Going to University is Still the Best Means to be Successful in Career

The changing times may have resulted in university degrees not being enough to secure a fulfilling career or a job itself for a graduate. However, the academe has coped with the shifting requirements of the job market thereby making formal education still the best means of achieving success in clenching the highly contested vacancy and, eventually, developing a career.

The job market has introduced new requirements every now and then. They include, among others, graduates who are “work-ready” with the job-specific skills. These employability skills include the personal attributes of the graduate and one’s understanding of the skills and attributes which will make one more employable and effective in one’s occupation. These skills are not limited to being beneficial to the graduate alone but to the workforce, the community and the economy. Industry employers have observed and assert that without these skills, an employee will not be able to use and develop more technical and specialised skills. They demonstrate this by requiring applicants to possess such employability skills.

Although some or even many job-specific skills or employability skills are not expected to be taught in university or acquired by students and eventual graduates, they are gradually incorporated by the universities into their curriculum. In fact, it is the people in the industry including professional associations, regulatory bodies and employers who inform the academe of specific newly arising skills requirements. They want applicants to jobs and eventual employees to possess the new requirements and have these qualification supported with certification from the academe. Applicants may have developed such skills outside the university but for the industry and employers, it is still better to have them formalised and accredited. In turn, the academe welcomes the requirements and, as mentioned, integrates the required skills into the education and qualification they give to students. Thus, nothing beats going to university still.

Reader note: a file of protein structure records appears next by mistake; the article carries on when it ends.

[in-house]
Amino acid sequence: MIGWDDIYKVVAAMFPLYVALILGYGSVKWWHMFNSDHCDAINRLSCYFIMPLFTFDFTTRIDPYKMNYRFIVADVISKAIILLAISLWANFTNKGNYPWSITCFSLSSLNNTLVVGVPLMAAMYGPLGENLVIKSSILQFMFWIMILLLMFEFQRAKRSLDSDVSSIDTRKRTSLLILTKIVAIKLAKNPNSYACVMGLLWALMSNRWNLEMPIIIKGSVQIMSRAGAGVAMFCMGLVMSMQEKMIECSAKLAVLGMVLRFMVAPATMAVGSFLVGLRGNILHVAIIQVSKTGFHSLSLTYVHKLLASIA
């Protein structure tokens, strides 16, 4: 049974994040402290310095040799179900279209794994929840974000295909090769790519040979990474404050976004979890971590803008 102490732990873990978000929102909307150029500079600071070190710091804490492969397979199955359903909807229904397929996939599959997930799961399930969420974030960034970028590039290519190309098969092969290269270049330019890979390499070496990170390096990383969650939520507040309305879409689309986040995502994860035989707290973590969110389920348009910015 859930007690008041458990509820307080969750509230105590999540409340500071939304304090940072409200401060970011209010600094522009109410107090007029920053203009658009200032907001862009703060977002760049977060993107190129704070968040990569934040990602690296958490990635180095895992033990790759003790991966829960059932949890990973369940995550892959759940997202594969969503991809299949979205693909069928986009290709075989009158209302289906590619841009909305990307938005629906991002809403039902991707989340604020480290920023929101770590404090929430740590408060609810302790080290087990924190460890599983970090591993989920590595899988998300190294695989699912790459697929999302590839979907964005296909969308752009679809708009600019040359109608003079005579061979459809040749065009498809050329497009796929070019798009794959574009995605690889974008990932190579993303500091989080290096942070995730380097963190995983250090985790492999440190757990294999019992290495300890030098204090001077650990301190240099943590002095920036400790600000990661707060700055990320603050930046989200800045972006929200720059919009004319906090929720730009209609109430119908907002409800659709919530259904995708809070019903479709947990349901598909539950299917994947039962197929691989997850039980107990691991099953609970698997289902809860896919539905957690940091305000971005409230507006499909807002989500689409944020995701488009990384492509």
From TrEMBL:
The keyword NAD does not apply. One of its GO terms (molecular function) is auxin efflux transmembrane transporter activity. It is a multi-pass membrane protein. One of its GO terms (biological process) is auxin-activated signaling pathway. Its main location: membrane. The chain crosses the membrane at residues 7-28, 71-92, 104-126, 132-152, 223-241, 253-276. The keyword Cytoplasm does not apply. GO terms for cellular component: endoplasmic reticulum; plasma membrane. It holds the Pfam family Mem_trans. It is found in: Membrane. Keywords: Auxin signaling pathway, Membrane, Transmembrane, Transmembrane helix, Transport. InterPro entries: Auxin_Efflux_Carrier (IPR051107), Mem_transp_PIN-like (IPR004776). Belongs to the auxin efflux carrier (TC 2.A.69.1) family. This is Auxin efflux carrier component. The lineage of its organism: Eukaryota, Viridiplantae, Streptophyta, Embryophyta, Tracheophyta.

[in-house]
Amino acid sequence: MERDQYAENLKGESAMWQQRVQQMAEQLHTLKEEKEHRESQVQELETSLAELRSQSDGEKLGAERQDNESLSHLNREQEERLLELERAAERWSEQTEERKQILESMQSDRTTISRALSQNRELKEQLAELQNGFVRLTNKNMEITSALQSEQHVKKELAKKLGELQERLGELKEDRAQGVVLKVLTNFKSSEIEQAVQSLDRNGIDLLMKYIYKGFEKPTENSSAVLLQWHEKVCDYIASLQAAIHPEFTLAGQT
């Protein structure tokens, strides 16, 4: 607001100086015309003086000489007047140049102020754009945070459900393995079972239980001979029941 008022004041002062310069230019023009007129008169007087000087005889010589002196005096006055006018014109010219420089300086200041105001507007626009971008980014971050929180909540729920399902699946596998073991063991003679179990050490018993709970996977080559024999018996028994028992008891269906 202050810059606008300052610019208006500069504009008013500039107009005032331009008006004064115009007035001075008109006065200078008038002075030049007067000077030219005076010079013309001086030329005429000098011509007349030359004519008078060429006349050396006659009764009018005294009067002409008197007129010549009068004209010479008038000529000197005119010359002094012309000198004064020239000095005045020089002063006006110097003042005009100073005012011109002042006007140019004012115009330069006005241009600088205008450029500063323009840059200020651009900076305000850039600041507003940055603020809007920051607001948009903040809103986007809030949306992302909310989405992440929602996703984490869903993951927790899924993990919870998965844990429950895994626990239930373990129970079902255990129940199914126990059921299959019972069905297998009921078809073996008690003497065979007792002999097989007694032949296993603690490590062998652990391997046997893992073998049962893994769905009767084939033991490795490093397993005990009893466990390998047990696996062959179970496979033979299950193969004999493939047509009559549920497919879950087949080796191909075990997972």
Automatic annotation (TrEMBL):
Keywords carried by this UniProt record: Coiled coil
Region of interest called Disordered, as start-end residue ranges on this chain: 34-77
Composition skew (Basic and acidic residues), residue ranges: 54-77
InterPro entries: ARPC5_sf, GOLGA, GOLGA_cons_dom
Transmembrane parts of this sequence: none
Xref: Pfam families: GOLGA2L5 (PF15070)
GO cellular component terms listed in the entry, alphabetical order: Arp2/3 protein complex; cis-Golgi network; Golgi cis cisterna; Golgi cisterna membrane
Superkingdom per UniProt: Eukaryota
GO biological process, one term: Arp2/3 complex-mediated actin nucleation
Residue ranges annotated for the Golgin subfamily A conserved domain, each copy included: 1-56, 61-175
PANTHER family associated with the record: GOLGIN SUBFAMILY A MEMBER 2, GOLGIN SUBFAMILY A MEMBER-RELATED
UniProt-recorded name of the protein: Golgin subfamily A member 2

One example of employability skills is sustainability education. Businesses have been required by industry regulators and associations to adapt sustainability practices with the aim of protecting and preserving ecology so that natural and other resources will be sustained for and in the future. These practices require that employees know how to cope with, manage and share social, economic and ecological conditions involving change, uncertainty, risk and complexity. In turn, employers require applicants to have the education and skills needed for sustainability. Aside from employers looking for this requirement from job aspirants, they also communicate this need to the academe through and with their industry.

With newly required skills and education being communicated by employers and industries to the academe and the latter responding to the need by integrating the corresponding education and skills into the curriculum, going to university will continue to be the best means to land a job and develop a successful career.

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